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    Quote Originally Posted by jesus View Post
    My hair color is dark brown, but it was lighter when I was younger. My beard has some Blonde and Red hair.

    You being from west Asia, confirms blonde hair there is caused(For at least some) by the same markers as in Europe. I know you don't have blonde hair, but you have ancestors who did(carrier, via rs12821256 C allele). I don't know of any academic studies which studied blonde hair in west Asia, so I was always skeptical whether or not it was from the same source.

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    Quote Originally Posted by Krefter View Post
    You being from west Asia, confirms blonde hair there is caused(For at least some) by the same markers as in Europe. I know you don't have blonde hair, but you have ancestors who did(carrier, via rs12821256 C allele). I don't know of any academic studies which studied blonde hair in west Asia, so I was always skeptical whether or not it was from the same source.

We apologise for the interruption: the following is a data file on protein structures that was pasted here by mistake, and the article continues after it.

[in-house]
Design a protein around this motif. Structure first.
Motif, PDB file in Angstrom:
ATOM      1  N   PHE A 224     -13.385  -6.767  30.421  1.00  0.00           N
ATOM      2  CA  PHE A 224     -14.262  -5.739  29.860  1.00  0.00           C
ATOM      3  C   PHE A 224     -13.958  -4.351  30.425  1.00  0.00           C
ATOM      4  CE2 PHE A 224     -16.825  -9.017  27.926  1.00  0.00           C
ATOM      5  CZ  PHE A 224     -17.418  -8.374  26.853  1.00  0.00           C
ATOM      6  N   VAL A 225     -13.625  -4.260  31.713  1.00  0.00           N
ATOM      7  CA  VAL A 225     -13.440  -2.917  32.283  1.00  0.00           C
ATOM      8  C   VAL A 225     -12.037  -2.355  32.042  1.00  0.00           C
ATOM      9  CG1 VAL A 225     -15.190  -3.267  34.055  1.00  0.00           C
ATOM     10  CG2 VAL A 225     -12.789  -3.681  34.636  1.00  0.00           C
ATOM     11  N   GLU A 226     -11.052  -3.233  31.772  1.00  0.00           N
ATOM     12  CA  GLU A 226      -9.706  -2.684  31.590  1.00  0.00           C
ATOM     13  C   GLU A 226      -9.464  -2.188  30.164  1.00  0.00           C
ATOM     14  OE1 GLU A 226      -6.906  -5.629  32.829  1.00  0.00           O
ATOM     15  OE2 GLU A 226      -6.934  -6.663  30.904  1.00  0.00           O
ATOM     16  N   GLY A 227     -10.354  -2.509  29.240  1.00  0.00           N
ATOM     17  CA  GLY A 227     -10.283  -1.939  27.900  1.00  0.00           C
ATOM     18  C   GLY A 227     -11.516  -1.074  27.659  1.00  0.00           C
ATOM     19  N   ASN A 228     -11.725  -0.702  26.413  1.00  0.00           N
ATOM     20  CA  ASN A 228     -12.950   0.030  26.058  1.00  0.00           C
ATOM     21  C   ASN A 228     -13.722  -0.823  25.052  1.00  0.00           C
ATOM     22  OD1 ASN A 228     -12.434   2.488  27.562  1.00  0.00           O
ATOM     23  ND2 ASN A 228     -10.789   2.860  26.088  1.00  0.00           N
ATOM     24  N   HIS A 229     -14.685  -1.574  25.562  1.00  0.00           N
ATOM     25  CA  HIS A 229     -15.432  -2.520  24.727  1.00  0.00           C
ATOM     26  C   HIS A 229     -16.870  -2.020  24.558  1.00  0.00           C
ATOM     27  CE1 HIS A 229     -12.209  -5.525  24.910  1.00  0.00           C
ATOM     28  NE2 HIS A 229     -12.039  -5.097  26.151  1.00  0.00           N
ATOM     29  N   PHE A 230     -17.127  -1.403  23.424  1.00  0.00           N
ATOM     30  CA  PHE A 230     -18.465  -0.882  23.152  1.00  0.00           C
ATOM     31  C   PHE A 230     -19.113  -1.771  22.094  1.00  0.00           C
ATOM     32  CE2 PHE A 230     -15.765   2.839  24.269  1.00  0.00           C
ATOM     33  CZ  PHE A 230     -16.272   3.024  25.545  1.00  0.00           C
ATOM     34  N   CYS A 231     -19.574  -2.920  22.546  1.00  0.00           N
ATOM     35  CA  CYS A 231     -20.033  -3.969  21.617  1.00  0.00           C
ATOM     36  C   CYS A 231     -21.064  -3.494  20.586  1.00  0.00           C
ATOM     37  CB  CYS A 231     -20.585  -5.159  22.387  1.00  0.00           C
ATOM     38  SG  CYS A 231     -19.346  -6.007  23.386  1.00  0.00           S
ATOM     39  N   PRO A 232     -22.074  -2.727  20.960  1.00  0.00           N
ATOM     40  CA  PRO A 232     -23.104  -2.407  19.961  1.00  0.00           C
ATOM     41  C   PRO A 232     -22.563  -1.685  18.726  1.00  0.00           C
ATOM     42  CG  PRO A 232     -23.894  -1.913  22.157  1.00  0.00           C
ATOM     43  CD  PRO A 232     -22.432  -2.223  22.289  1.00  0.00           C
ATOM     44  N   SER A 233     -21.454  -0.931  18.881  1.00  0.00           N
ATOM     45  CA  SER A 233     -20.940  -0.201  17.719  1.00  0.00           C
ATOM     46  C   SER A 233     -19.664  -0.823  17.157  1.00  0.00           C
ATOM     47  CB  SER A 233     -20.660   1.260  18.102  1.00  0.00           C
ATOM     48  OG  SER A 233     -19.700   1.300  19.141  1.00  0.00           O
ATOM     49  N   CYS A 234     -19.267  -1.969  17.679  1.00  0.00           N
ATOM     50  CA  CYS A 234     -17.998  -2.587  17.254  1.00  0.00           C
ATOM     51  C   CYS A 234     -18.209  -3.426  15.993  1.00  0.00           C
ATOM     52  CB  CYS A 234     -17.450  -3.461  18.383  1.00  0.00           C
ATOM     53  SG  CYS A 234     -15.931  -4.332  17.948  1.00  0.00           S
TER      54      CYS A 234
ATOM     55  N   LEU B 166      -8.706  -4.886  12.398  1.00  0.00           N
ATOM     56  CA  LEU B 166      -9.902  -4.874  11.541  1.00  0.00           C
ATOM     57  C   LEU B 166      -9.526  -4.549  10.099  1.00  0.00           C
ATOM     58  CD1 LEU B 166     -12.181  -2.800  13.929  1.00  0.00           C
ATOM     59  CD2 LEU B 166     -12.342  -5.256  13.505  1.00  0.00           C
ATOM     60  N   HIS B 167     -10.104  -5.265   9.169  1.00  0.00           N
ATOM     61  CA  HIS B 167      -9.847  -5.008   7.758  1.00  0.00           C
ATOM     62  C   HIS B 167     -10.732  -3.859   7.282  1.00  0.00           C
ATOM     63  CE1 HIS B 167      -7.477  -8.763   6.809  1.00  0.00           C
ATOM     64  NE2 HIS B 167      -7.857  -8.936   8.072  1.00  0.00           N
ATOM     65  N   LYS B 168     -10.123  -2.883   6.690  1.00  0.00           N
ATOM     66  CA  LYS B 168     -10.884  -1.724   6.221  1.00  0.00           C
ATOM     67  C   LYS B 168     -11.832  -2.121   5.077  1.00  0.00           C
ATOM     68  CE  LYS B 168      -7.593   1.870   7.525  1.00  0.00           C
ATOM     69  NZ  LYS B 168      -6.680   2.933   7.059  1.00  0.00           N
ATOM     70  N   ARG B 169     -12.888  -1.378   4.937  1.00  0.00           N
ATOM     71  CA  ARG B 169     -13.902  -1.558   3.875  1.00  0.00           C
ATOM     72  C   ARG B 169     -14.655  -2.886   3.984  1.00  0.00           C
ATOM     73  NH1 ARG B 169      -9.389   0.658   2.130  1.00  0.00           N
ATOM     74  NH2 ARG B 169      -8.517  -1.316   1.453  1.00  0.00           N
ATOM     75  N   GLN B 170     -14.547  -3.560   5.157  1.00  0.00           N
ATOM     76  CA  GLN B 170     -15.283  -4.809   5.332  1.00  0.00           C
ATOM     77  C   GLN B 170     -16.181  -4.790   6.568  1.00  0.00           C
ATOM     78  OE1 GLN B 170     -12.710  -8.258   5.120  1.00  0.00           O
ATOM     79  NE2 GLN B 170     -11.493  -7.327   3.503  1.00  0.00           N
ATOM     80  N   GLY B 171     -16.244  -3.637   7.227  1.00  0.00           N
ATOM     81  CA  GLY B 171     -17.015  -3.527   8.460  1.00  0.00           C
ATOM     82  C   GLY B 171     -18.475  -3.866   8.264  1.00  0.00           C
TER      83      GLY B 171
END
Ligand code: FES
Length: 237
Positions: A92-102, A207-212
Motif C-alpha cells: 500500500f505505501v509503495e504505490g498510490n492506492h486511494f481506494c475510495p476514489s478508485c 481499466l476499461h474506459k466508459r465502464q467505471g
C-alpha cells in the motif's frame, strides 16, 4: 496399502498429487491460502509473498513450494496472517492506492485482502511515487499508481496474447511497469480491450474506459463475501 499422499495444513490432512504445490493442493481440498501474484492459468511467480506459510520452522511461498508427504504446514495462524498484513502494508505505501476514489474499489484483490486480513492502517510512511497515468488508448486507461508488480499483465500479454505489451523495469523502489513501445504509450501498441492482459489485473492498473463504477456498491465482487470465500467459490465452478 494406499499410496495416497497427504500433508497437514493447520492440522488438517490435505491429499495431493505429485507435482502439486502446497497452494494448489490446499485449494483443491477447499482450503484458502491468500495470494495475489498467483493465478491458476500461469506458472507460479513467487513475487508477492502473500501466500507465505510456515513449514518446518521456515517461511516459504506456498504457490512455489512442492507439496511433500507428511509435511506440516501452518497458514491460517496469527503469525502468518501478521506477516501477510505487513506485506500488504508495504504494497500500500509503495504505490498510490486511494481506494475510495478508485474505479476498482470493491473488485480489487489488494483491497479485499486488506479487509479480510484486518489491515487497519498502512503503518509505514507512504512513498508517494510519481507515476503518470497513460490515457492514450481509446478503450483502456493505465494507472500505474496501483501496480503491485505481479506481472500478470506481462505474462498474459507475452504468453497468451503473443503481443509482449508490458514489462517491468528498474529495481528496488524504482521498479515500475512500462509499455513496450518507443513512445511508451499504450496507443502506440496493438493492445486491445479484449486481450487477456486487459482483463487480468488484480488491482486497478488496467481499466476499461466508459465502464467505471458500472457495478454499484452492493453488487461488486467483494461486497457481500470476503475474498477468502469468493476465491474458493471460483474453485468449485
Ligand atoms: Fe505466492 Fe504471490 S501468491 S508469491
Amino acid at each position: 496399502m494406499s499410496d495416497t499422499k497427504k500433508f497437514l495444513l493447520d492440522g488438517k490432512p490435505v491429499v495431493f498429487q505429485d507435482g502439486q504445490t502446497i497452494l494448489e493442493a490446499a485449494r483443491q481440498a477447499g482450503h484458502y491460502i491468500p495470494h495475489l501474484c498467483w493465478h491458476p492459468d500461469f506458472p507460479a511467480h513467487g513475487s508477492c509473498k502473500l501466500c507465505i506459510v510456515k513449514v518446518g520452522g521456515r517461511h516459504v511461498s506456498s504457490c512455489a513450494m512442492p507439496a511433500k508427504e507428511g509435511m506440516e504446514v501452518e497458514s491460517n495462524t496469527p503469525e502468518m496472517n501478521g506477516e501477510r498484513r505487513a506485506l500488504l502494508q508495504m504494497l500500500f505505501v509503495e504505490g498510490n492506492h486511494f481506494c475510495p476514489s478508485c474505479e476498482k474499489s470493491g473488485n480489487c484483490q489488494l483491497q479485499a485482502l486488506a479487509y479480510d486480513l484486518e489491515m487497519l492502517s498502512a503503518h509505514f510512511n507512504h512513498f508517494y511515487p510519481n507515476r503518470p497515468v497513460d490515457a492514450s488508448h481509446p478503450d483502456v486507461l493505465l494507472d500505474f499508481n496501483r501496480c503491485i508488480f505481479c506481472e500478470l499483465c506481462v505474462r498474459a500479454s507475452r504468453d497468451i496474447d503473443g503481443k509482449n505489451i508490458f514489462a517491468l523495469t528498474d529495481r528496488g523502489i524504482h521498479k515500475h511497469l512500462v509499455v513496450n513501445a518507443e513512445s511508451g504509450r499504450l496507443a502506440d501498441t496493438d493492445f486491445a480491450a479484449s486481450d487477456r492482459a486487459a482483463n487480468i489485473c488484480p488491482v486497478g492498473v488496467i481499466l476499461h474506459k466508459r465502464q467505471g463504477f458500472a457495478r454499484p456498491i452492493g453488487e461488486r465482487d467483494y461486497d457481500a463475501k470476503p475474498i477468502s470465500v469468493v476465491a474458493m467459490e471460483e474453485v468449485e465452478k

The daughter of our family friends is South Asian and has blonde hair. I'm from Northwest India.

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    Quote Originally Posted by DMXX View Post
    I have a single G->T base pair mutation at rs12896399, putting me in the 10% chance bracket.

    Head hair is very dark brown (chestnut as child, lightens slightly in summer). Beard hair is mostly black, but something like 10-15% is either blonde or auburn/red (hard to tell). So the single mutation makes sense; there's some subtle blondism, but the overall phenotype is dark brown-black hair.

    There's also a new red hair report if anyone's interested, which appears to be completely focused on MC1R.
    How do you get results from these reports?

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    There are some blonde people in our family.. I'm not one of them though.
    Terminal SNPs: FGC31931/V2381 • PF6576 • PF7562 • PH1631/V2850